How political identity shapes customer satisfaction

Daniel Fernandes*, Nailya Ordabayeva, Kyuhong Han, Jihye Jung, Vikas Mittal

*Autor correspondente para este trabalho

Resultado de pesquisarevisão de pares

1 Citação (Scopus)
1 Transferências (Pure)

Resumo

This article examines the effect of political identity on customers' satisfaction with the products and services they consume. Recent work suggests that conservatives are less likely to complain than liberals. Building on that work, the present research examines how political identity shapes customer satisfaction, which has broad implications for customers and firms. Nine studies combine different methodologies, primary and secondary data, real and hypothetical behavior, different product categories, and diverse participant populations to show that conservatives (vs. liberals) are more satisfied with the products and services they consume. This happens because conservatives (vs. liberals) are more likely to believe in free will (i.e., that people have agency over their decisions) and, therefore, to trust their own decisions. The authors document the broad and tangible downstream consequences of this effect for customers' repurchase and recommendation intentions and firms' sales. The association of political identity and customer satisfaction is attenuated when belief in free will is externally weakened, choice is limited, or the consumption experience is overwhelmingly positive.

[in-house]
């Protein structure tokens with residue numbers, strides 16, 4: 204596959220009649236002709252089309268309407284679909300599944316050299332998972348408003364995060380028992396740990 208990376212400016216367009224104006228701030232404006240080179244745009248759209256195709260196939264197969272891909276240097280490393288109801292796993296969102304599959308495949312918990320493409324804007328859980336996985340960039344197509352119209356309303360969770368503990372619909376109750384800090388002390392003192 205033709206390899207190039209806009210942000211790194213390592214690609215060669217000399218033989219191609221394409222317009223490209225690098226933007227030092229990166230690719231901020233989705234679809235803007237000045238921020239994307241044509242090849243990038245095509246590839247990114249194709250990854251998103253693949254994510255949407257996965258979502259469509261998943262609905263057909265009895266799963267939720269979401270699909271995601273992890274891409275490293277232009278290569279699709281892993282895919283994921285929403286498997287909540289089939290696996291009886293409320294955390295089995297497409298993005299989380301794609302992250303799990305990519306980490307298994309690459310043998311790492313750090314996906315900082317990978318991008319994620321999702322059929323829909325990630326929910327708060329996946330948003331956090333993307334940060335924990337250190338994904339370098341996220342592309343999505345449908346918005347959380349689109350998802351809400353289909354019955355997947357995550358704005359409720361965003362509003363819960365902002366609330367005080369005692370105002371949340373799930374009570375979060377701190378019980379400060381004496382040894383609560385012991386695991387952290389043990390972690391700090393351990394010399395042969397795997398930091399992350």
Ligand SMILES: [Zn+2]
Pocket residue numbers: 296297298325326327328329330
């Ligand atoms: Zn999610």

Idioma originalEnglish
Número do artigo00222429211057508
Número de páginas19
RevistaJournal of Marketing
DOIs
Estado da publicaçãoAccepted/In press - 1 fev 2022

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